Remains of microorganisms at least 3,770 million years old have been discovered by an international team led by UCL scientists, providing direct evidence of one of the oldest life forms on Earth.
The NSB contains some of the oldest sedimentary rocks known on Earth which likely formed part of an iron-rich deep-sea hydrothermal vent system that provided a habitat for Earth’s first life forms between 3,770 and 4,300 million years ago.
Tiny filaments and tubes formed by bacteria that lived on iron were found encased in quartz layers in the Nuvvuagittuq Supracrustal Belt (NSB), Quebec, Canada.
“Our discovery supports the idea that life emerged from hot, seafloor vents shortly after planet Earth formed. This speedy appearance of life on Earth fits with other evidence of recently discovered 3,700 million year old sedimentary mounds that were shaped by microorganisms,” explained first author, PhD student Matthew Dodd (UCL Earth Sciences and the London Centre for Nanotechnology).
Published today in Nature and funded by UCL, NASA, Carnegie of Canada and the UK Engineering and Physical Sciences Research Council, the study describes the discovery and the detailed analysis of the remains undertaken by the team from UCL, the Geological Survey of Norway, US Geological Survey, the University of Western Australia, the University of Ottawa and the University of Leeds.
Prior to this discovery, the oldest microfossils reported were found in Western Australia and dated at 3,460 million years old but some scientists think they might be non-biological artefacts in the rocks. It was therefore a priority for the UCL-led team to determine whether the remains from Canada had biological origins.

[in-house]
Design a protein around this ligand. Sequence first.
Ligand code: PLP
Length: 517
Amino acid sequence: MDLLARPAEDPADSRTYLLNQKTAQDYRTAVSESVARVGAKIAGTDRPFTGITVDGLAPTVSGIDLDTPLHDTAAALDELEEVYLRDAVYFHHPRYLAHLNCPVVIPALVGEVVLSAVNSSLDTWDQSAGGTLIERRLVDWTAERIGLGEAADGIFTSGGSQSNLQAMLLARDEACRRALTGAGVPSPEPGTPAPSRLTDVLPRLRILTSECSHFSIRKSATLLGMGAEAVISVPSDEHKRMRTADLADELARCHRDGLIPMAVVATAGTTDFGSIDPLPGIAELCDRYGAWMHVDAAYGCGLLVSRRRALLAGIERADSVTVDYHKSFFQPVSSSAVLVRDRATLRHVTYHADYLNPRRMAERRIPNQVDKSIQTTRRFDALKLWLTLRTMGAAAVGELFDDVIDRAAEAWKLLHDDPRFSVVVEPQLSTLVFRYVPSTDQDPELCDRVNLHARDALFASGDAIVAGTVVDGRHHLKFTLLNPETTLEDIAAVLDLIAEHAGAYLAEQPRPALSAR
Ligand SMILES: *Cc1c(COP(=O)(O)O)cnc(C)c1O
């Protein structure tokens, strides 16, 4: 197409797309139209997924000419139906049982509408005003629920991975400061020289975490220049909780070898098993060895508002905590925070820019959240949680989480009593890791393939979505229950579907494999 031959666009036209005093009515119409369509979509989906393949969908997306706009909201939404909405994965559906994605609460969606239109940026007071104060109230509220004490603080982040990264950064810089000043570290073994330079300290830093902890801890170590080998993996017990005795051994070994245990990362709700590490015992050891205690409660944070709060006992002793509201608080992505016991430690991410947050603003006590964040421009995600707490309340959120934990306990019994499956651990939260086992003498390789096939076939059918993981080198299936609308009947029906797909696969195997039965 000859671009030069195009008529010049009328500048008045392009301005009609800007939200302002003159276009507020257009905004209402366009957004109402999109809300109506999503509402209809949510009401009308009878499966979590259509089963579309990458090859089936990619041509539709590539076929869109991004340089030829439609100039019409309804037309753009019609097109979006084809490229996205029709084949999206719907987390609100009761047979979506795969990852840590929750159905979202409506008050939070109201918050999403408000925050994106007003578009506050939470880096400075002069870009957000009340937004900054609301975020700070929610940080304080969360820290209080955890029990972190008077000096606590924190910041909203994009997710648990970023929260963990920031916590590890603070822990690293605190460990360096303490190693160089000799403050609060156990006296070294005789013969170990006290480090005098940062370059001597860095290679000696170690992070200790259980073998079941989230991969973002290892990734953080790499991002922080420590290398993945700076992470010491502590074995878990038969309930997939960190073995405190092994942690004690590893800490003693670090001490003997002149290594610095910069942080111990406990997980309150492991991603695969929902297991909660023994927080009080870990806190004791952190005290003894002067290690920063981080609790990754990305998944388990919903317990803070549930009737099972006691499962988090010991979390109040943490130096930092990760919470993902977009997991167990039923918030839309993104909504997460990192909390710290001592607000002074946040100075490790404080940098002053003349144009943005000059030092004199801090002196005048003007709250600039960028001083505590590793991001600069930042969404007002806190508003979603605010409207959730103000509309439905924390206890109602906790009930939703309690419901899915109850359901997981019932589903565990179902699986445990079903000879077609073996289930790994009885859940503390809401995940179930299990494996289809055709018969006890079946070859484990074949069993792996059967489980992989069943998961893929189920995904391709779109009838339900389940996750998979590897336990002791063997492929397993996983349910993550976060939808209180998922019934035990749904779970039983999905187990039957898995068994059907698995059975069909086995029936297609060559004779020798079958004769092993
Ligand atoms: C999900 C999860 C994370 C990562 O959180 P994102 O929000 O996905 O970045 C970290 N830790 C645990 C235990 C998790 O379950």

The researchers systematically looked at the ways the tubes and filaments, made of haematite – a form of iron oxide or ‘rust’ – could have been made through non-biological methods such as temperature and pressure changes in the rock during burial of the sediments, but found all of the possibilities unlikely.
The haematite structures have the same characteristic branching of iron-oxidising bacteria found near other hydrothermal vents today and were found alongside graphite and minerals like apatite and carbonate which are found in biological matter including bones and teeth and are frequently associated with fossils.
“We found the filaments and tubes inside centimetre-sized structures called concretions or nodules, as well as other tiny spheroidal structures, called rosettes and granules, all of which we think are the products of putrefaction. They are mineralogically identical to those in younger rocks from Norway, the Great Lakes area of North America and Western Australia,” explained study lead, Dr Dominic Papineau (UCL Earth Sciences and the London Centre for Nanotechnology).
Haematite filament attached to a clump of iron in the lower right, from hydrothermal vent deposits in the Nuvvuagittuq Supracrustal Belt in Québec, Canada. These clumps of iron and filaments were microbial cells and are similar to modern microbes found in vent environments.
Photo by M. Dodd
Matthew Dodd concluded, “These discoveries demonstrate life developed on Earth at a time when Mars and Earth had liquid water at their surfaces, posing exciting questions for extra-terrestrial life. Therefore, we expect to find evidence for past life on Mars 4,000 million years ago, or if not, Earth may have been a special exception.”